USERS of the UK Government's coronavirus contact tracing app could be giving away intimate secrets, experts have warned.

Security researchers found a weakness in the app's registration process could be exploited by hackers and used to manipulate data or create logs of fake contact events.

And Professor Vanessa Teague and Dr Chris Culnane also found the storing of unencrypted data on a user's phone could potentially be used by law enforcement agencies to determine when two or more people met.

Their research found that generating new random ID codes for users once a day, rather than every 15 minutes like in other systems, makes it theoretically possible to determine intimate details about an app user's lifestyle, such as whether they "woke up and went to bed with the same person, or more revealingly, if they did not".

The National:

The issues have been flagged to the National Cyber Security Centre (NCSC), which is involved in the app's development, which says it is in the process of fixing them.

The researchers warned strong legal protections around data use are needed in order to better protect personal privacy on the app, which is currently being trialled on the Isle of Wight and could be rolled out further.

They say data associated with the app - which has been downloaded tens of thousands of times, potentially by people living in other places -  should be protected by legislation "from use by law enforcement, or any usage not directly related to Covid-19 prevention".

Harriet Harman, chair of the Joint Committee on Human Rights, has said new laws to protect the privacy of personal information gathered by the app are a "no brainer".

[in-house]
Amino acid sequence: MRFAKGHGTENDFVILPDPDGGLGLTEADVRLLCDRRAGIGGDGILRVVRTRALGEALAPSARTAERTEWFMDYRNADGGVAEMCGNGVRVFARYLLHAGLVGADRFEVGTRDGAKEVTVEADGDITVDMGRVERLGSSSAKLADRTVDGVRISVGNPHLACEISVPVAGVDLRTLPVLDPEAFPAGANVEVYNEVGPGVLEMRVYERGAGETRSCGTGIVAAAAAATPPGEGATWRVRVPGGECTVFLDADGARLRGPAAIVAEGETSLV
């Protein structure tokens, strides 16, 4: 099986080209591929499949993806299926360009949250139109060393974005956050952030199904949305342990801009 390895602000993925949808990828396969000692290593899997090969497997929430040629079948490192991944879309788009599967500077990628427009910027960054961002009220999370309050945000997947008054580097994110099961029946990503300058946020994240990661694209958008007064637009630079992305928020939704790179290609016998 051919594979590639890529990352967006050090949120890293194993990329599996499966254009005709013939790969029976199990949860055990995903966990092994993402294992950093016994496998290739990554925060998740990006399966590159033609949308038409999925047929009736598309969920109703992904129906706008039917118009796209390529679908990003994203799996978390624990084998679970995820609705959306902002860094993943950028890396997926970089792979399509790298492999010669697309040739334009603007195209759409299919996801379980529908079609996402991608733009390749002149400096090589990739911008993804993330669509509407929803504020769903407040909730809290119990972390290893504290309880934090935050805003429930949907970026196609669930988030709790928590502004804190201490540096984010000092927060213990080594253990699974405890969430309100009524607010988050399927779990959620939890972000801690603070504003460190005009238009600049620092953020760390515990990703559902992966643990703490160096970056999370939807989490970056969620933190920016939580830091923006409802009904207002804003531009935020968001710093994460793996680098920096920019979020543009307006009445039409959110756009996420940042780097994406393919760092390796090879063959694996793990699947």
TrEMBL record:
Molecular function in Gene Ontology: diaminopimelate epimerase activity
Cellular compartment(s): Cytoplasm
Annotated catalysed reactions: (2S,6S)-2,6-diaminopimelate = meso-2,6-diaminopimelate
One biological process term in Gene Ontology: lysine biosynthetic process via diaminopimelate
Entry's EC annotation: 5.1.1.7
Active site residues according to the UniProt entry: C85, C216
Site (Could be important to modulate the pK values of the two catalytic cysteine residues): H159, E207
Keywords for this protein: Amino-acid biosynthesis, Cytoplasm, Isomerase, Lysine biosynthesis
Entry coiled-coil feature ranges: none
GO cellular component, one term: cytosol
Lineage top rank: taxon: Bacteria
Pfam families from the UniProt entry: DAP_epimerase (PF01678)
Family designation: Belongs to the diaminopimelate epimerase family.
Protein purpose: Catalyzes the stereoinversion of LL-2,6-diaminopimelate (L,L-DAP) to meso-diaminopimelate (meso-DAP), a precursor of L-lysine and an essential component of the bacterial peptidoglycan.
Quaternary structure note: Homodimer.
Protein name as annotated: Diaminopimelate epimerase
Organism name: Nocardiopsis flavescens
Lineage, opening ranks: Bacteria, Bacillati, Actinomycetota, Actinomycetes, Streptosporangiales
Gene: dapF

Harman, who has prepared a Bill on the issue which is ready for introduction, said assurances by Health Secretary Matt Hancock do not provide any protection after he wrote to her saying the Government believes legislation is unnecessary because there is already the Data Protection Act.

The National:

In a blog post, Dr Ian Levy, technical director of the NCSC, said: "The intent of being open before national launch was to show what the app will do, how it will do it, and to get some peer review from security and privacy researchers.

"Thank-you to everyone who's taken the time to look at the design and the beta code and provide us with useful feedback.

"Everything reported to the team will be properly triaged (although this is taking longer than normal)."

In a further statement, the NCSC said: "Responsible security researchers are an overwhelming force for good and their feedback was openly requested for the quickly developed beta app.

"It was always hoped that measures such as releasing the code and explaining decisions behind the app would generate meaningful discussion with the security and privacy community.

"We look forward to continuing to work with security and cryptography researchers to make the app the best it can be for the public."

On Sunday, Scottish Health Secretary Jeane Freeman said the app will only be introduced in Scotland if it is found to compliment existing work here.